Excerpted from: Erik Aucoin, Empathy Leads to Death: Why Empathy Is an Adversary of Capital Defendants, Santa Clara Law Review 99 (2018) (293 Footnotes) (Full Document)
Nick and Scott were, by all appearances at least, superficially similar. They both lived in the San Francisco Bay Area. Neither were particularly wealthy or accomplished in their career. And ultimately, both were convicted of double murders of which their wives were victims. One way in which they were dissimilar was the sentences they received for their crimes: Nick received a sentence of life in prison, and Scott received a sentence of death.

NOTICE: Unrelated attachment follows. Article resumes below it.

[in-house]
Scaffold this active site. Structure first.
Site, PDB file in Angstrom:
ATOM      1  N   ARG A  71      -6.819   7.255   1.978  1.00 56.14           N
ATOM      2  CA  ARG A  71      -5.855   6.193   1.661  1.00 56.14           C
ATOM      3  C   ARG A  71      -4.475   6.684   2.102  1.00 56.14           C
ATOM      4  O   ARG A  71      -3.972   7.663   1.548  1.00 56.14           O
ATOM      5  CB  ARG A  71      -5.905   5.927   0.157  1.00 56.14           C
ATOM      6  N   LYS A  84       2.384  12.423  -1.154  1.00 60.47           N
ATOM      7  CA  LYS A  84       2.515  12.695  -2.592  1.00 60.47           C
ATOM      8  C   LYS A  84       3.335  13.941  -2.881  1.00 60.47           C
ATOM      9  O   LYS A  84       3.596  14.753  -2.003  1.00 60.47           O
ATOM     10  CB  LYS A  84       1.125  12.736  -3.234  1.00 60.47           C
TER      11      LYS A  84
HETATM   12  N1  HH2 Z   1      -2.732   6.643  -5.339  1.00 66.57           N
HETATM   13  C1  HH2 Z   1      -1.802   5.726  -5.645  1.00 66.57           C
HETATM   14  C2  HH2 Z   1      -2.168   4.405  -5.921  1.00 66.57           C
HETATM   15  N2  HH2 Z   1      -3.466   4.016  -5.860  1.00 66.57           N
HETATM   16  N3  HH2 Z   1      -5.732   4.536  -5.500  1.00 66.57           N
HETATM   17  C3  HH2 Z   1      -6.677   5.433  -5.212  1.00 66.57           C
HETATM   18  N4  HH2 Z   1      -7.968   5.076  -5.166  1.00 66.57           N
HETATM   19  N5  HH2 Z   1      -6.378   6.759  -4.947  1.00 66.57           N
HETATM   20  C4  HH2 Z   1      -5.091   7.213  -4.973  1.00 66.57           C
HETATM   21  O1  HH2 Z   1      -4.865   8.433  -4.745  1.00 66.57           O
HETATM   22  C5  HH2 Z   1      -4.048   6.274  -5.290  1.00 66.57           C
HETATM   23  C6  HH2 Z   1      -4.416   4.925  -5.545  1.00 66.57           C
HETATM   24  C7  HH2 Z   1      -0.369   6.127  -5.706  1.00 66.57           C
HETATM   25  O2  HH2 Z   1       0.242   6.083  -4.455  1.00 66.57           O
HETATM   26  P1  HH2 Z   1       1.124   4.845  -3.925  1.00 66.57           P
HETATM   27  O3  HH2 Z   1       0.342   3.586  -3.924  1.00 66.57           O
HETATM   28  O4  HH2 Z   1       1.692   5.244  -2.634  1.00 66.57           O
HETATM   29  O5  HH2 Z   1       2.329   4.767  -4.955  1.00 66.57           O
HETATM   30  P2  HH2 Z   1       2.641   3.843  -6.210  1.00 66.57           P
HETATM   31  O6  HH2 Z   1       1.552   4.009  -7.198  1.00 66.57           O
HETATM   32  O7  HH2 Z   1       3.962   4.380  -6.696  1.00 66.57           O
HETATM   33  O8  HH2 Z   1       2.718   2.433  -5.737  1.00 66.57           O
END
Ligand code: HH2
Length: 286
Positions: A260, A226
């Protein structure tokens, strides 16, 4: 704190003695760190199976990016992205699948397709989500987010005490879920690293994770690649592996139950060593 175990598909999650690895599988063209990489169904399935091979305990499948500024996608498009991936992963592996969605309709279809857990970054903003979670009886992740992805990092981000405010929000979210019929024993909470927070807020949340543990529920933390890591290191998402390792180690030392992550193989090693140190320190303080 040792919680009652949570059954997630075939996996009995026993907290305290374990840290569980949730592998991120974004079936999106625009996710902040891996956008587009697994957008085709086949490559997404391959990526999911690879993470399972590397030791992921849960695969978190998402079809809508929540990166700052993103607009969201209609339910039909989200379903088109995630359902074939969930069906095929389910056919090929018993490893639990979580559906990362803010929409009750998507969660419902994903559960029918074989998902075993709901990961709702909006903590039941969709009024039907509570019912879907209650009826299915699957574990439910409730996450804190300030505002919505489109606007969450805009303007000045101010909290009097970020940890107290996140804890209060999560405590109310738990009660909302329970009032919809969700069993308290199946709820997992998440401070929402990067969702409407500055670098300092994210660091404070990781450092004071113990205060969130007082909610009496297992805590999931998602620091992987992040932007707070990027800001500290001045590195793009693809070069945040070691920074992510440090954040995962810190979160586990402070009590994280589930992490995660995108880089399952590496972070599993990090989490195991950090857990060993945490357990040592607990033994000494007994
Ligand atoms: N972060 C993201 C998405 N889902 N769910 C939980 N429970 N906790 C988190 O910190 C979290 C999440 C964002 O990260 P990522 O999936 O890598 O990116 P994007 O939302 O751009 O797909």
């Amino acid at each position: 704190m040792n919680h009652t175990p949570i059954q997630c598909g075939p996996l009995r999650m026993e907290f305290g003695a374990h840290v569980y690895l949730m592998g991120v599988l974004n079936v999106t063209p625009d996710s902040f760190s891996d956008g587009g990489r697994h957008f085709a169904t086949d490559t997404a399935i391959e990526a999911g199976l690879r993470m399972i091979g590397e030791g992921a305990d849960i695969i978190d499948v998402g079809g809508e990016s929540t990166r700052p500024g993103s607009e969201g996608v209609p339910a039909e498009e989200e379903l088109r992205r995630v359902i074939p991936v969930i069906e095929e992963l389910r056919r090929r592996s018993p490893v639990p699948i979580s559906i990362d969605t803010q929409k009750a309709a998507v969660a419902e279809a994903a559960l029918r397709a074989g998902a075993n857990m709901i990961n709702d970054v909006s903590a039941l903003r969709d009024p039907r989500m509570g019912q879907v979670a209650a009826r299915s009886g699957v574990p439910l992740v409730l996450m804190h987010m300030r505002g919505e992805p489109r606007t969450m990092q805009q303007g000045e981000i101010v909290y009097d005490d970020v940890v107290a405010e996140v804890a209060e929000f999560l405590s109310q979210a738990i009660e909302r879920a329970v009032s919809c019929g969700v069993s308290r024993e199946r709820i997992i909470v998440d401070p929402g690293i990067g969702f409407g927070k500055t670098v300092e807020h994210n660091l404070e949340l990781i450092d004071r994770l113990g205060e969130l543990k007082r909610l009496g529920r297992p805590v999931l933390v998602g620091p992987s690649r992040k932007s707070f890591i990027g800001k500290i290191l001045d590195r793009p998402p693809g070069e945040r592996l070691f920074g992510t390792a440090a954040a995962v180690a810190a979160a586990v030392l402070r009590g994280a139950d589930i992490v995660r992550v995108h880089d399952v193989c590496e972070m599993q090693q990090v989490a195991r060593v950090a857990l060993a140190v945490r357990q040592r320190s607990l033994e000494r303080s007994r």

The distinguishing factor between the two is not immediately recognizable. It was not the severity of their respective crimes, as both were convicted of brutal double murders. Nor was it their social status, race, gender, or criminal history; they were both middle class, white men of similar ages with no criminal history. Geographic differences also do not appear to be a factor as the men were convicted in the neighboring counties of Santa Clara and San Mateo, neither of which is known for rampant utilization of the death penalty. If anything, more factors were present that might lead one to believe that the sentences would have been applied oppositely to the defendants. For instance, multiple witnesses saw Nick, the defendant sentenced to life, shoot his wife in the head. However, there were neither witnesses nor any significant physical evidence linking Scott to the murder of his wife. Additionally, following the murder, Nick kidnapped a pair of women at gunpoint, shot at police, and attempted to cross the border into Mexico. Scott had not attempted an escape when police apprehended him.